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Accelerate construction of mid-rise buildings using cold-formed steel

It is a common misconception that only low-rise buildings up to two or three stories can be built with cold-formed steel (CFS). Many also believe that CFS is limited to small non-essential interior or exterior framing applications. But this is totally false. The structural integrity of the CFS frame is also suitable for multi-storey buildings.

Combined with the well-known economic benefits, cold-formed steel has propelled the construction industry to new horizons with faster, better and more sustainable construction of residential and commercial buildings around the world.

In this article, we'll cover the proven suitability of CFS - and its many other benefits - for taller buildings.

Why Cold-Formed Steel Framing Brings Excellent Structural Integrity to Mid-Rise Projects

Cold-formed steel is both light and strong and is used to make durable components such as wall panels, joists and trusses. The versatility of the CFS allows for many design variations, taking nothing away from its strength when designed to the required standards. The American Iron and Steel Institute (AISI) provides the guidelines that govern the production of CFS components in North America and recognizes the utility of cold-formed steel as a valuable structural material for buildings. standards. While the conventional idea has long held that structural CFS can only be used for buildings up to 10 stories high,a technical analysis by the Structural Steel Industry Association (SFIA) found that cold-formed steel can support buildings up to 40 stories high. Why is this the case? The layout of the CFS load-bearing components (which included standard C-shaped studs and typical spacings) in the feasibility study ensured that all live and dead load distribution requirements were met throughout the building. This has big implications for rapidly growing urban centers around the world. Although high-rise applications may still take a few years, studies such as the SFIA report hold promise for the continued development of multi-level residential projects in booming cities using cold-formed steel. This BuildSteel article summarizes cold-formed steel and its suitability for structural applications, including mid-rise and multi-dwelling projects.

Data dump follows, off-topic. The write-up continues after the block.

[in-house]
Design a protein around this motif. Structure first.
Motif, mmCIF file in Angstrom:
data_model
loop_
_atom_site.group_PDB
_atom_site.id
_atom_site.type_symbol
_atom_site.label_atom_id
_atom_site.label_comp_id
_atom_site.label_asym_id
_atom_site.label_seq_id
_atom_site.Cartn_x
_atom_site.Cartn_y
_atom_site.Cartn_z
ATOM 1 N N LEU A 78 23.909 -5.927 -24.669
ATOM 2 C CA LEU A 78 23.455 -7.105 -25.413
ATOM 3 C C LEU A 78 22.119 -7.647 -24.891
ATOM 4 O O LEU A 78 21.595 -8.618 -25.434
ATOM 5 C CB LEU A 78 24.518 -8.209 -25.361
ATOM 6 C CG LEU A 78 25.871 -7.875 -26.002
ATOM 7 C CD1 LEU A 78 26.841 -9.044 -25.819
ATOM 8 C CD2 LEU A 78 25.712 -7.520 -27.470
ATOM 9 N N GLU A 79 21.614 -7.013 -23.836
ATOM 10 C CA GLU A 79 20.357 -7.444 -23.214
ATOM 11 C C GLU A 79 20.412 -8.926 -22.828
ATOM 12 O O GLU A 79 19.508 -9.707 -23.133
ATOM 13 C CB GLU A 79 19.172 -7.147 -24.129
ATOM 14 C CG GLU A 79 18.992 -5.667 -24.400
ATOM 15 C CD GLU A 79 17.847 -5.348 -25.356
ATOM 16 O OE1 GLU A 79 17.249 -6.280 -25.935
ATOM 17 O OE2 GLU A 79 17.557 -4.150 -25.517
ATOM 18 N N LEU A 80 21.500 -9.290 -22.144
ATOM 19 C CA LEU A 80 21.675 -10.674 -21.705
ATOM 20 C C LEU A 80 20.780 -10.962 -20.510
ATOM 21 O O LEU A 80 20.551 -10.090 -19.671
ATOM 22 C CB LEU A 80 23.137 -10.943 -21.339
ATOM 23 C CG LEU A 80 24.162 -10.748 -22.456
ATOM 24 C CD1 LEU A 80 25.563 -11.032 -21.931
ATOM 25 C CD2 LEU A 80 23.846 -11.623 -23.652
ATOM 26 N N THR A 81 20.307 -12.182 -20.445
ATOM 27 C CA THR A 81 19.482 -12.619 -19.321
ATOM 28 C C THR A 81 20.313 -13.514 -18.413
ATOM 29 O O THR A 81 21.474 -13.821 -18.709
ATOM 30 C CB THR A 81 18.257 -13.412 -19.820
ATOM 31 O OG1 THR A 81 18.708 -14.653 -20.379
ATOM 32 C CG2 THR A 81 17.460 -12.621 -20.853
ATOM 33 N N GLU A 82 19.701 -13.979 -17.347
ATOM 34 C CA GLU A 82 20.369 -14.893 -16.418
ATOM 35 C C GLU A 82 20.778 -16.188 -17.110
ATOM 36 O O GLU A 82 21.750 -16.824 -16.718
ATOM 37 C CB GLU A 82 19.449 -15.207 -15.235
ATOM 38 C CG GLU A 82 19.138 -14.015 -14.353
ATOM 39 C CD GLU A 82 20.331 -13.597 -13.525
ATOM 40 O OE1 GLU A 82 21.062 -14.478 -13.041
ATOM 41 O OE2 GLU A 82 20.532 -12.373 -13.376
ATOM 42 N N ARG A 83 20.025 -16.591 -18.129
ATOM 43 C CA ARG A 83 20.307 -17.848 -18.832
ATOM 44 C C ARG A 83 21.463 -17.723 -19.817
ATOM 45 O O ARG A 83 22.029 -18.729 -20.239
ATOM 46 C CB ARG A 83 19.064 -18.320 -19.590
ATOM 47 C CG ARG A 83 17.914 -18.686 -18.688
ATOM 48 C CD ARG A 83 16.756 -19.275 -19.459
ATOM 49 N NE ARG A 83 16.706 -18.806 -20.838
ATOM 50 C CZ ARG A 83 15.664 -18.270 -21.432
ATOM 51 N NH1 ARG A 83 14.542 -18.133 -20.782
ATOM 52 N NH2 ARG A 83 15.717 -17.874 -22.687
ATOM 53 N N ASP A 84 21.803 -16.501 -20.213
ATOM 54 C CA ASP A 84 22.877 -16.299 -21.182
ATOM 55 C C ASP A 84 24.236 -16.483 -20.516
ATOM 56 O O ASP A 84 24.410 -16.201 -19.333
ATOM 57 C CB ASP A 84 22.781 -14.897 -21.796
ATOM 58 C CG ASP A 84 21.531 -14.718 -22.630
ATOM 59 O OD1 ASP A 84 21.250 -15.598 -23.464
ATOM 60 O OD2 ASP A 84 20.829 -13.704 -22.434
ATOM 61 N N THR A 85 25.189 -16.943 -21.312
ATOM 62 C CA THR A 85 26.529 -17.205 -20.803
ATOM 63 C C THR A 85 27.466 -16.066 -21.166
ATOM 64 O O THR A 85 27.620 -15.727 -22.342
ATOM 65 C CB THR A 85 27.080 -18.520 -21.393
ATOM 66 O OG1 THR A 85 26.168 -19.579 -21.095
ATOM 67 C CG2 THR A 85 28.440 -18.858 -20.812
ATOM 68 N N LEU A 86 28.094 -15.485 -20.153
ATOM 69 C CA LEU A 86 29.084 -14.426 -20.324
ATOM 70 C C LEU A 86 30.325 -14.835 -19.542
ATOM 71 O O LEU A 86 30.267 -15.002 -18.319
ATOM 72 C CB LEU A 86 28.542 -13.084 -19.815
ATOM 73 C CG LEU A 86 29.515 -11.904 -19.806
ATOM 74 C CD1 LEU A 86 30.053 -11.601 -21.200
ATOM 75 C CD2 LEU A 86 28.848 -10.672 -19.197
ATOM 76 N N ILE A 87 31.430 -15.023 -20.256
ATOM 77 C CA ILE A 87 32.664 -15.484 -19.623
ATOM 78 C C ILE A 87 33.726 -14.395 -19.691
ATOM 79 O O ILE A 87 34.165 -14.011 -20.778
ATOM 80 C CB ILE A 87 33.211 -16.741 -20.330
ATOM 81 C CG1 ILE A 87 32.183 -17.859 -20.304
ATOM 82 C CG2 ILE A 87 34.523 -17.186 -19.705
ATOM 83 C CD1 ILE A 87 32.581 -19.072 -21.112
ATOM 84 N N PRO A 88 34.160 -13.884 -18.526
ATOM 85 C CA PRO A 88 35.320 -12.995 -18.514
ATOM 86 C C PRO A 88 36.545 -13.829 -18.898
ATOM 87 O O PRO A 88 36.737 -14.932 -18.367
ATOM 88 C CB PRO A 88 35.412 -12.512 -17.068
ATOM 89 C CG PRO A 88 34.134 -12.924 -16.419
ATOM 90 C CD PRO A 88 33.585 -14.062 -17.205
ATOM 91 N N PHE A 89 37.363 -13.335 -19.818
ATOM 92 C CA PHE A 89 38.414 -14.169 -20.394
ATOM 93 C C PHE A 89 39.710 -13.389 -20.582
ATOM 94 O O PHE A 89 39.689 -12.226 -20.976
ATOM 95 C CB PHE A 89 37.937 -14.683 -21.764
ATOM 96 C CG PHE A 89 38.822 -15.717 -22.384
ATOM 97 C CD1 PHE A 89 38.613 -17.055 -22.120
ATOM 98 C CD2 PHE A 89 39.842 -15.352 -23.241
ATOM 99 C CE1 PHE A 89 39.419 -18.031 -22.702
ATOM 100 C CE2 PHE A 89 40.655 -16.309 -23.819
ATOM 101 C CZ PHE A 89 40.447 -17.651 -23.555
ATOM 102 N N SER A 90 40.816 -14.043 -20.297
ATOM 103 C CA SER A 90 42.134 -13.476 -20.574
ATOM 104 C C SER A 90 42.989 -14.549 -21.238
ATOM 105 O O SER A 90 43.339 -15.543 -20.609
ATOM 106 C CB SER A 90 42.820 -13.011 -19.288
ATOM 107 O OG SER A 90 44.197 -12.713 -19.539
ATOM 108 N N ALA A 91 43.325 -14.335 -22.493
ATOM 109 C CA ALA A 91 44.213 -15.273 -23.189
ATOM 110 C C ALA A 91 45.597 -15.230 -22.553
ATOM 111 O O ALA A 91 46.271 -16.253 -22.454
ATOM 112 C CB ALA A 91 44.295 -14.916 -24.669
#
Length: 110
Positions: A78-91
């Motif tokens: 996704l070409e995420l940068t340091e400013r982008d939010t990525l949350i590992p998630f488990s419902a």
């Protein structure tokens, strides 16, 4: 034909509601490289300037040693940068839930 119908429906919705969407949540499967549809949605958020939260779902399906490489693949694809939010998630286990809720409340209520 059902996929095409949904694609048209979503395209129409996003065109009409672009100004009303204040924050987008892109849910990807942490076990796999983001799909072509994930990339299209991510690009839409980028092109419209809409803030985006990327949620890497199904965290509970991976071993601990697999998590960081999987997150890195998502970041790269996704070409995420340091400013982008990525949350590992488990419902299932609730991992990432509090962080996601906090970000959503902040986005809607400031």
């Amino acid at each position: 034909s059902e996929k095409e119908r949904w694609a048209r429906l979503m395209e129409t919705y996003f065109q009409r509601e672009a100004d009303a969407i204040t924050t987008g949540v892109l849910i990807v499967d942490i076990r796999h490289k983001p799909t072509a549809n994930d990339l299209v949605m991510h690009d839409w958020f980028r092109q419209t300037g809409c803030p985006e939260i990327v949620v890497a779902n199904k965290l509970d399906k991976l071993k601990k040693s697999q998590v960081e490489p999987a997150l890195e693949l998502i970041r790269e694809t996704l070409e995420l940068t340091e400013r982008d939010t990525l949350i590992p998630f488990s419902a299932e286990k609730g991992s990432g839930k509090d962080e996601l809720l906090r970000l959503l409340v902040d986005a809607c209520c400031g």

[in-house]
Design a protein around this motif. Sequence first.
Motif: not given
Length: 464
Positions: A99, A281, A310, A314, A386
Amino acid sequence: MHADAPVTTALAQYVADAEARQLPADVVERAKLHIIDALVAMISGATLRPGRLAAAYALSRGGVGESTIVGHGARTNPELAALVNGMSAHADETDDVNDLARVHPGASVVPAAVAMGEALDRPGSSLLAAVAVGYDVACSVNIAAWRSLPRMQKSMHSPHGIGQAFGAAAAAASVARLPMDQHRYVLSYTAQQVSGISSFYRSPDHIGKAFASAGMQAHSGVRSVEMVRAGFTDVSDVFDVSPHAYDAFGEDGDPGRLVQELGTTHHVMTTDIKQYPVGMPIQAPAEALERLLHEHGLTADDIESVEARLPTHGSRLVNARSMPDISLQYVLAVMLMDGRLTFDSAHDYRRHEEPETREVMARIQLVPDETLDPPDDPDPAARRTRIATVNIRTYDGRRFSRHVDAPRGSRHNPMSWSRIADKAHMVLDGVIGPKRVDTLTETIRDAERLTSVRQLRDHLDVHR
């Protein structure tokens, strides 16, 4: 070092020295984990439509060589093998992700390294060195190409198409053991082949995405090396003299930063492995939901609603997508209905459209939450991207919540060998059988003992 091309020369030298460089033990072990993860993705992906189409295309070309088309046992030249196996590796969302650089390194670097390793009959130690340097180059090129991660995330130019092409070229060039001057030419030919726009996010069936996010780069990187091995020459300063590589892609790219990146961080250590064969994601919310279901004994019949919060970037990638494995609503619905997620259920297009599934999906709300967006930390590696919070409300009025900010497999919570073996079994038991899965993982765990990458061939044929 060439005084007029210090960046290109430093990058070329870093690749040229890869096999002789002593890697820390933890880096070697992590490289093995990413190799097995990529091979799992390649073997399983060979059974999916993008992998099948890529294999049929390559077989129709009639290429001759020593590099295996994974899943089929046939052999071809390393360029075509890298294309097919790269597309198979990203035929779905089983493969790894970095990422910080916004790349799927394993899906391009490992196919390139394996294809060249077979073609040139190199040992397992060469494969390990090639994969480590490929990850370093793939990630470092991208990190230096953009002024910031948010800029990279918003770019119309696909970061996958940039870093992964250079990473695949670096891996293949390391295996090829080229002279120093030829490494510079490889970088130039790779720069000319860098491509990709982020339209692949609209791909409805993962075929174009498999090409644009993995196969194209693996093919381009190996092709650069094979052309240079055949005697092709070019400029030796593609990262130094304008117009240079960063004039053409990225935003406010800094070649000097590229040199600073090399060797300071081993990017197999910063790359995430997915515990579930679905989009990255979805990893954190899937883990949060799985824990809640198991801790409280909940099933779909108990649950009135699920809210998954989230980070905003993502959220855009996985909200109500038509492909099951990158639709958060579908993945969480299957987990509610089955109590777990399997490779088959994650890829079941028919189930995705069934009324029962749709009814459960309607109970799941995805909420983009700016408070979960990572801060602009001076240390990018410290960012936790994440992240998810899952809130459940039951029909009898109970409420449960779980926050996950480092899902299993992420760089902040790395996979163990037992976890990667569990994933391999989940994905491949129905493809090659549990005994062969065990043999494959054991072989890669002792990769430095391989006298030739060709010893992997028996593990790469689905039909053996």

There are many benefits to using cold-formed steel framing for mid-rise buildings


  • Steel allows for cost reductions in terms of overall construction cost. By using CFS, you can save on design, engineering and energy costs.

  • Project delivery delays are typically reduced with cold-formed steel construction, resulting in improved cash flow for buyers, as well as a faster return on investment.

  • Minimal risk taking for insurance, given the HSE safety gains of light steel construction compared to other materials (such as wood).

Design flexibility:

  • Steel never shrinks, unlike wood, and is dimensionally stable. Steel components can be specified very precisely and CFS is easily used in a wide variety of design configurations.

  • Steel components allow for wider panel spacing and longer spans, allowing for larger and more customizable interior spaces.


  • Steel is incombustible, never burns or fuels fires.

  • Fires, which can reach a maximum of 900°C to 1100°C, generally cannot reach the melting point of steel at 1500°C.

  • When properly designed, structural steel is highly ductile, absorbing the impact of seismic activity without deforming.


  • Steel is very commonly reused and recycled in construction applications without loss of quality.

  • 97% of steel by-products are reused.

  • The overall steel recycling rate, all sectors combined, is 81%.

The many advantages of steel in construction, including its superior durability and resilience, make it a valid option for use in multi-storey buildings.

Examples of Mid Rise Projects Using Cold-Formed Steel

This project is the Hyatt Place Westminster in Colorado in USA. It is a 6-level, 156-room hotel. All 644 wall panels for this project were erected in just 17 working days using a 6-man crew (this project included only wall panel erection - no floor install, or concrete work).


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